Can knowledge of financial policies in developing countries over four decades help the socialist economies of Asia and Eastern Europe become open market economies in the 1990s? In all these countries the loss of fiscal and monetary control has often resulted in high inflation that undermines the liberalization process itself. In the second edition of The Order of Economic Liberalization, Ronald McKinnon builds on his influential work on the liberalization of financial markets in less developed countries and outlines the progression necessary to move from a "repressed" to an open economy.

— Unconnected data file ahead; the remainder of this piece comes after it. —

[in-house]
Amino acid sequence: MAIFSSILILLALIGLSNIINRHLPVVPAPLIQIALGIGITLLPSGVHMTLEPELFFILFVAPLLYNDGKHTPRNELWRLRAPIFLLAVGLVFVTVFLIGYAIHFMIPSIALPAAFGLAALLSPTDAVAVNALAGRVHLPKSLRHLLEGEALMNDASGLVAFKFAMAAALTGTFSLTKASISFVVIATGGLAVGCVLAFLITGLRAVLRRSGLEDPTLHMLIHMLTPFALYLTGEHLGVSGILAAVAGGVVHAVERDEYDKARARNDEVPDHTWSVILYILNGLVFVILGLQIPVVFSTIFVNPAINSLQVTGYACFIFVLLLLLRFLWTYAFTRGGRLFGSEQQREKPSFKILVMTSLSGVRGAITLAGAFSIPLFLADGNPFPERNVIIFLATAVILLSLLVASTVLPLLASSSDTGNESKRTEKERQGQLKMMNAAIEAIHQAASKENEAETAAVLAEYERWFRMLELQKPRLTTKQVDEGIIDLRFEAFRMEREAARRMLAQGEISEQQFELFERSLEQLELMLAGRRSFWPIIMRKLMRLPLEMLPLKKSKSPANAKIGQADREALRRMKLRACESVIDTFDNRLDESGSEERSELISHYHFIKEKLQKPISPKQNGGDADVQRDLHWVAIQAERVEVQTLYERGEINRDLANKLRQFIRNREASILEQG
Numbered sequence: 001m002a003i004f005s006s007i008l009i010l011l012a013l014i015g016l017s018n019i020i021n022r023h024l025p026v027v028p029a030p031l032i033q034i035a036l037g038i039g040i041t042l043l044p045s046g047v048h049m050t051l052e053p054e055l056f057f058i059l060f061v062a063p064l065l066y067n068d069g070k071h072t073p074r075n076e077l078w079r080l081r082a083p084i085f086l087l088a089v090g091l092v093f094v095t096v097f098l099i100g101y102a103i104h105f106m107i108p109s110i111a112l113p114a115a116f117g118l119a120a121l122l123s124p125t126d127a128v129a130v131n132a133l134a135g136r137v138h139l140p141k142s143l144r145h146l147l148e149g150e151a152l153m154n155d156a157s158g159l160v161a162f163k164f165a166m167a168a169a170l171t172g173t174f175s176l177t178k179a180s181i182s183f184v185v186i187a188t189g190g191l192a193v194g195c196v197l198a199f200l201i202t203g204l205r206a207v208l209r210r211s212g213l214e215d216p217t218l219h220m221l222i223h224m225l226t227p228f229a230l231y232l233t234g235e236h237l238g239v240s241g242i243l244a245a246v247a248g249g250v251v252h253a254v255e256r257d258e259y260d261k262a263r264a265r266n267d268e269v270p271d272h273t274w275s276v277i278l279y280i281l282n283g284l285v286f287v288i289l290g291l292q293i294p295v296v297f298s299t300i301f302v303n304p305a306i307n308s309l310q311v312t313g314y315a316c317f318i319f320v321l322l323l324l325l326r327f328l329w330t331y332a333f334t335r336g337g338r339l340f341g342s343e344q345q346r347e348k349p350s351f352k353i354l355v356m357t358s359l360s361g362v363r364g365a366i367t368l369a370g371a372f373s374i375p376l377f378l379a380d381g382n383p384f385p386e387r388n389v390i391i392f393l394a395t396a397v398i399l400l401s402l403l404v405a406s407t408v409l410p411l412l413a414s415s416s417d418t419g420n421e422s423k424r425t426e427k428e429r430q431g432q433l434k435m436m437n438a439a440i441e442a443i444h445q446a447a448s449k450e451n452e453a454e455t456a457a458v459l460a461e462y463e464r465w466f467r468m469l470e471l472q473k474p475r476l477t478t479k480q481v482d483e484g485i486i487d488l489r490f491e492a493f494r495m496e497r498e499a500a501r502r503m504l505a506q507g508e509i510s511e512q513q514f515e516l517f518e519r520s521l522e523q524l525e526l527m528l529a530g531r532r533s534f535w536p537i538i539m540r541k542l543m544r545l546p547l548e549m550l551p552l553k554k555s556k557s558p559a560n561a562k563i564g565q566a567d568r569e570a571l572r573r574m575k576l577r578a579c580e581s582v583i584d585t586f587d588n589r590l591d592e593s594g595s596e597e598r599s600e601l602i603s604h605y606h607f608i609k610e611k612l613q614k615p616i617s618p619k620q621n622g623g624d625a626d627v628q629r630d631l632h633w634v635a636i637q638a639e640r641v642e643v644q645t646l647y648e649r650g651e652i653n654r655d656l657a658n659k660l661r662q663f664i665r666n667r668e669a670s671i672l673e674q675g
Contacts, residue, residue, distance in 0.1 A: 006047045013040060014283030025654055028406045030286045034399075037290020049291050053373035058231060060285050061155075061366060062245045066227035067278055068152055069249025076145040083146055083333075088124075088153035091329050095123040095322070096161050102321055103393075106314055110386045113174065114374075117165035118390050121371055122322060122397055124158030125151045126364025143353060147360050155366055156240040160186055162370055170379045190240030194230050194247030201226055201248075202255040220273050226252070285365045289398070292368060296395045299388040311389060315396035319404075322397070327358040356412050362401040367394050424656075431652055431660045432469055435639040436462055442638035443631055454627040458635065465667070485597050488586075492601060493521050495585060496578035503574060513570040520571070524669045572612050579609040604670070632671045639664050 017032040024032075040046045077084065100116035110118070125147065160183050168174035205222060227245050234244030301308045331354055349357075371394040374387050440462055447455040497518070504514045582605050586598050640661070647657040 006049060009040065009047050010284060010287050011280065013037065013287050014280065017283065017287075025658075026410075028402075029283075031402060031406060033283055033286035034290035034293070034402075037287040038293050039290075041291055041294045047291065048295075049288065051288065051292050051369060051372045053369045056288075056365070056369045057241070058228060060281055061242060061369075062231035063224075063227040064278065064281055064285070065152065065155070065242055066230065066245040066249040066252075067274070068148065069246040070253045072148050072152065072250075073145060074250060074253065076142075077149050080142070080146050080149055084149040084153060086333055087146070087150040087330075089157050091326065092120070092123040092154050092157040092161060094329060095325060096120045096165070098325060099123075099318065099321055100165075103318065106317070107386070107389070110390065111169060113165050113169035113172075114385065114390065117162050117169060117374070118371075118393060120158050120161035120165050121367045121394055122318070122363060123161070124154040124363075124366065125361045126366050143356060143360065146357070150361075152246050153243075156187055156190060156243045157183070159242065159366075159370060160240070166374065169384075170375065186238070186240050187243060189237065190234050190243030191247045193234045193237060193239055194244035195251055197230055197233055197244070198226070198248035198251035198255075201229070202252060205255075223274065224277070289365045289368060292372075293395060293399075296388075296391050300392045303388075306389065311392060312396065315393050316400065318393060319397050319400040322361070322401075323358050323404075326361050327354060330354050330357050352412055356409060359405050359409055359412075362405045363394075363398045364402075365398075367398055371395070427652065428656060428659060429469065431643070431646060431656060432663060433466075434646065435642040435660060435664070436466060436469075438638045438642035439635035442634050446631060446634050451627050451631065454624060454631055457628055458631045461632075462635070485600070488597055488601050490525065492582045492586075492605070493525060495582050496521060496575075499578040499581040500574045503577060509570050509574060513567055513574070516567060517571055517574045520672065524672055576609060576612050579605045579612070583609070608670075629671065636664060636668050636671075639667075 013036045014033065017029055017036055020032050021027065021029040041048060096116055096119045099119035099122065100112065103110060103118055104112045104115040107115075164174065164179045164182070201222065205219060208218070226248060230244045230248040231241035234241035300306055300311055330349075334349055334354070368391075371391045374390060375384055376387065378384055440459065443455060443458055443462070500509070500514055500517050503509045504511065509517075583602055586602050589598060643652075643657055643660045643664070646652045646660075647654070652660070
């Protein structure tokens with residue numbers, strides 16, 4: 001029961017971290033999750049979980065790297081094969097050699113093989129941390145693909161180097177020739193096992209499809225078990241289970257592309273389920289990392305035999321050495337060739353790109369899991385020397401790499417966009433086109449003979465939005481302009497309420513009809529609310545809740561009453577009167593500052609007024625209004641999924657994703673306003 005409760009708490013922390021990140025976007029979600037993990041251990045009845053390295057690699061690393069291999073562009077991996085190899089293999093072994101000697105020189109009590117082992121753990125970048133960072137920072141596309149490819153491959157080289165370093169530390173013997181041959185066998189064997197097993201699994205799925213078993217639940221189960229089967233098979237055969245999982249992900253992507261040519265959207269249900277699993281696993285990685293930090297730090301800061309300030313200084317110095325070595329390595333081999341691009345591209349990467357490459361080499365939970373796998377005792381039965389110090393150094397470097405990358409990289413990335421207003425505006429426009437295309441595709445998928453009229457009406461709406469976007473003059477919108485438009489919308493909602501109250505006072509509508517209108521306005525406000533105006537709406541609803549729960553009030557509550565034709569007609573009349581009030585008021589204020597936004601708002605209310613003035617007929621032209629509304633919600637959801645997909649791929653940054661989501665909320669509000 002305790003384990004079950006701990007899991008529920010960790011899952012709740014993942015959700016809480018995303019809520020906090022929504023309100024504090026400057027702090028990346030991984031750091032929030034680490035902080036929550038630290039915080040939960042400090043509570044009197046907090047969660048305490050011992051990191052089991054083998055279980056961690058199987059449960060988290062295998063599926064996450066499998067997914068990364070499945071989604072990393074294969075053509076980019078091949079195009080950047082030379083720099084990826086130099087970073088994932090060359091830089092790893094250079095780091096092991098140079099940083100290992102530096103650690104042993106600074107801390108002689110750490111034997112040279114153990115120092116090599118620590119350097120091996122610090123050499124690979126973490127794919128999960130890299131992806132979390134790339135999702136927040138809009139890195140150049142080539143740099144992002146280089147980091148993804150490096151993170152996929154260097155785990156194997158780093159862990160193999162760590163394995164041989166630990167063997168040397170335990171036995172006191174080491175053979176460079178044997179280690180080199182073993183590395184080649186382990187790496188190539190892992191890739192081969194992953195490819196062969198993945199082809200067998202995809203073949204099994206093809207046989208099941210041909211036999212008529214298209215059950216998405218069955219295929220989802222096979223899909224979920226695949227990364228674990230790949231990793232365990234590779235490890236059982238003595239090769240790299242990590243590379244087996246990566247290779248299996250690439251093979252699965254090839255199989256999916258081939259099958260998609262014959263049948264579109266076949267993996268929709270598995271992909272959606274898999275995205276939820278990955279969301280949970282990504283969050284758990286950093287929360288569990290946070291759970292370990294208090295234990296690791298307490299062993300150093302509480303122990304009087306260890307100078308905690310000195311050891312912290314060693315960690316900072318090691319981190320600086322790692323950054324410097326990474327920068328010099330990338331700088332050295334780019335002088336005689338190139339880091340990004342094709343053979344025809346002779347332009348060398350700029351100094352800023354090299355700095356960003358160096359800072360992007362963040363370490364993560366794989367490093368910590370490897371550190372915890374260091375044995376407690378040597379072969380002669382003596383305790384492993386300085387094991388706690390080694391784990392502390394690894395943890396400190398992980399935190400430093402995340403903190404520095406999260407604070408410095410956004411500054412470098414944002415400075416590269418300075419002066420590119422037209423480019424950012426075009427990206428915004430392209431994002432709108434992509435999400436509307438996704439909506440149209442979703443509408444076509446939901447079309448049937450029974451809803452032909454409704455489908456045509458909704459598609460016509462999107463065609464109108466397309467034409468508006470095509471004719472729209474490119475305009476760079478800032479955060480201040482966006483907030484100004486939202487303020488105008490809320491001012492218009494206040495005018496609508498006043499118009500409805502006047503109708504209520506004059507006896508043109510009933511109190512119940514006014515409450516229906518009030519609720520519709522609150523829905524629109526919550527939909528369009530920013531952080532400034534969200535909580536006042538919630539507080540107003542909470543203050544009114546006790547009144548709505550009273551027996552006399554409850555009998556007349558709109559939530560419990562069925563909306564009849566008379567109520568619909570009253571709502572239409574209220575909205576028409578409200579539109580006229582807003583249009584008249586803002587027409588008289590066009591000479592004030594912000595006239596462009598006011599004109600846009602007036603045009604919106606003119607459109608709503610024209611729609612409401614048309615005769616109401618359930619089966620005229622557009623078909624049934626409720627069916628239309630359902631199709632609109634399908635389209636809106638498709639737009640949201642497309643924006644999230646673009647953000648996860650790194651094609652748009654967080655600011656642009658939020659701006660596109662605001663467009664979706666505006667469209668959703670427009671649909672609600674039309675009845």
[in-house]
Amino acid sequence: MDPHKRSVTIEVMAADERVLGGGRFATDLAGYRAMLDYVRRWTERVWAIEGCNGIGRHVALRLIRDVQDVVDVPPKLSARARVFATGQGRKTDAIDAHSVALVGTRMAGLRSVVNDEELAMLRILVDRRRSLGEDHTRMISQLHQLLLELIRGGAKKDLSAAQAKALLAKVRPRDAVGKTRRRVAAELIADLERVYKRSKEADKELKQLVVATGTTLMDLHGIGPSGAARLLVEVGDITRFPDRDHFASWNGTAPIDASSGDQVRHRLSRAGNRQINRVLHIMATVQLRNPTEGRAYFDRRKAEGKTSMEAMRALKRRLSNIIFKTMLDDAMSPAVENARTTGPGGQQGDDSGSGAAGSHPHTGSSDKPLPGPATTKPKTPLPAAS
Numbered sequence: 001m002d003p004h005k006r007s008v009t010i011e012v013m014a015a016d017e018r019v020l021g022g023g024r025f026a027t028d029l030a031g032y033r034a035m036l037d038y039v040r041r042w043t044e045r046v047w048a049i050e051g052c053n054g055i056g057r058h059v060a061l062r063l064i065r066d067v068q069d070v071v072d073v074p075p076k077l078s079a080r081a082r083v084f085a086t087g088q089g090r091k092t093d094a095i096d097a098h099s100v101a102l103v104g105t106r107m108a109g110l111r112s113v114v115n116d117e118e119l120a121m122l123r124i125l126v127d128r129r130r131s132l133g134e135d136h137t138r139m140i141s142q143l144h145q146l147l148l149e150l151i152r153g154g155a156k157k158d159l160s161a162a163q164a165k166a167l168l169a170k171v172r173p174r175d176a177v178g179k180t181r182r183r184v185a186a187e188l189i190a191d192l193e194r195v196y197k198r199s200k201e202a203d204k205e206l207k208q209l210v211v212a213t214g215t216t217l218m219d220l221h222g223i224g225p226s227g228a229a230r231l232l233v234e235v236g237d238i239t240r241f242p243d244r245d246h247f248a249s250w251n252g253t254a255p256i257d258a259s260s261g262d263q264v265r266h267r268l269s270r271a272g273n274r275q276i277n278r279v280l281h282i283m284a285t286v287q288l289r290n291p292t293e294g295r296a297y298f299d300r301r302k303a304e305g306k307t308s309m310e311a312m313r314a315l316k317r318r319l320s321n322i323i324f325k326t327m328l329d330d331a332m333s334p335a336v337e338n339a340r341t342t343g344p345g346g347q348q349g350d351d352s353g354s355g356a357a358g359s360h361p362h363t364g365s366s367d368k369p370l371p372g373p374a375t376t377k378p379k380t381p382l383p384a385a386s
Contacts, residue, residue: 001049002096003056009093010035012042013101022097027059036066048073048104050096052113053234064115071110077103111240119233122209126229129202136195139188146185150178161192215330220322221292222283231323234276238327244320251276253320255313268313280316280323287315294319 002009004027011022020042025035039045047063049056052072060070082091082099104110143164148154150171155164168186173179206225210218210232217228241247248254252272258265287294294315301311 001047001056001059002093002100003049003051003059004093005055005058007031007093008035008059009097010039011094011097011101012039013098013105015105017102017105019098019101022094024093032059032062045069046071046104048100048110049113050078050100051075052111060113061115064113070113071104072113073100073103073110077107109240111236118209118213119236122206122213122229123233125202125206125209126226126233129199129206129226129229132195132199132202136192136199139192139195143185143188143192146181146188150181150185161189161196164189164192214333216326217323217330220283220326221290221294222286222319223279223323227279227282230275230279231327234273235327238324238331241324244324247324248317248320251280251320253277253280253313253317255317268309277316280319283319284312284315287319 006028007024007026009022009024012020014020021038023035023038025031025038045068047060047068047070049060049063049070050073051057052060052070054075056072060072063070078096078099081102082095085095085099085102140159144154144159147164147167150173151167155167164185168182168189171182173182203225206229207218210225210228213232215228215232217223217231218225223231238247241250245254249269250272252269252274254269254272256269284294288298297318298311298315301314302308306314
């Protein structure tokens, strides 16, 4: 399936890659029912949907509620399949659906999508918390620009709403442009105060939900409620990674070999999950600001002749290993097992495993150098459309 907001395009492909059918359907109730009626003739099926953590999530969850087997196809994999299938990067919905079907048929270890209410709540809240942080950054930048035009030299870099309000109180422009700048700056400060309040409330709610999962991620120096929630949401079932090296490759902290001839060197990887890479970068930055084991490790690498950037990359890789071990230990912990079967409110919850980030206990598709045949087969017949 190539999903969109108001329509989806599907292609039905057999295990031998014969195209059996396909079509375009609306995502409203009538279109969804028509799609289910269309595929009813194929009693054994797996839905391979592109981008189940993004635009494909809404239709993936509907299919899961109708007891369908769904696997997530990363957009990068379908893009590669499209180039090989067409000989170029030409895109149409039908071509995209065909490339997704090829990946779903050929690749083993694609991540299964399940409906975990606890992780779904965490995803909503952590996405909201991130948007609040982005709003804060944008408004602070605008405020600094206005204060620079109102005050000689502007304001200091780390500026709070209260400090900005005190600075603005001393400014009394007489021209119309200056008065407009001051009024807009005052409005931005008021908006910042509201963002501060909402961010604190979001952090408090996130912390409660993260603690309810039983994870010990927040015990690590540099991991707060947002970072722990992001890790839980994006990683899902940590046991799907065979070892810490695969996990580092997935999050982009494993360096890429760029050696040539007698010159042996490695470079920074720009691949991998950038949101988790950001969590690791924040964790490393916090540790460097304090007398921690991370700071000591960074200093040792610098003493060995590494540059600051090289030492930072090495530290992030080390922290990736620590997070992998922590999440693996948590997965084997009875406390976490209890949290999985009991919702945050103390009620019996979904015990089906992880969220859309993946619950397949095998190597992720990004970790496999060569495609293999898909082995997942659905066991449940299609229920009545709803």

New to this edition are chapters that contrast the gradual Chinese approach to liberalizing domestic and foreign trade with the "big bang" approach followed by some Eastern European countries and republics of the former Soviet Union. Financial control and macroeconomic stability, McKinnon argues, are more critical to a successful transition than is any crash program to privatize state-owned industrial assets and the banking system.
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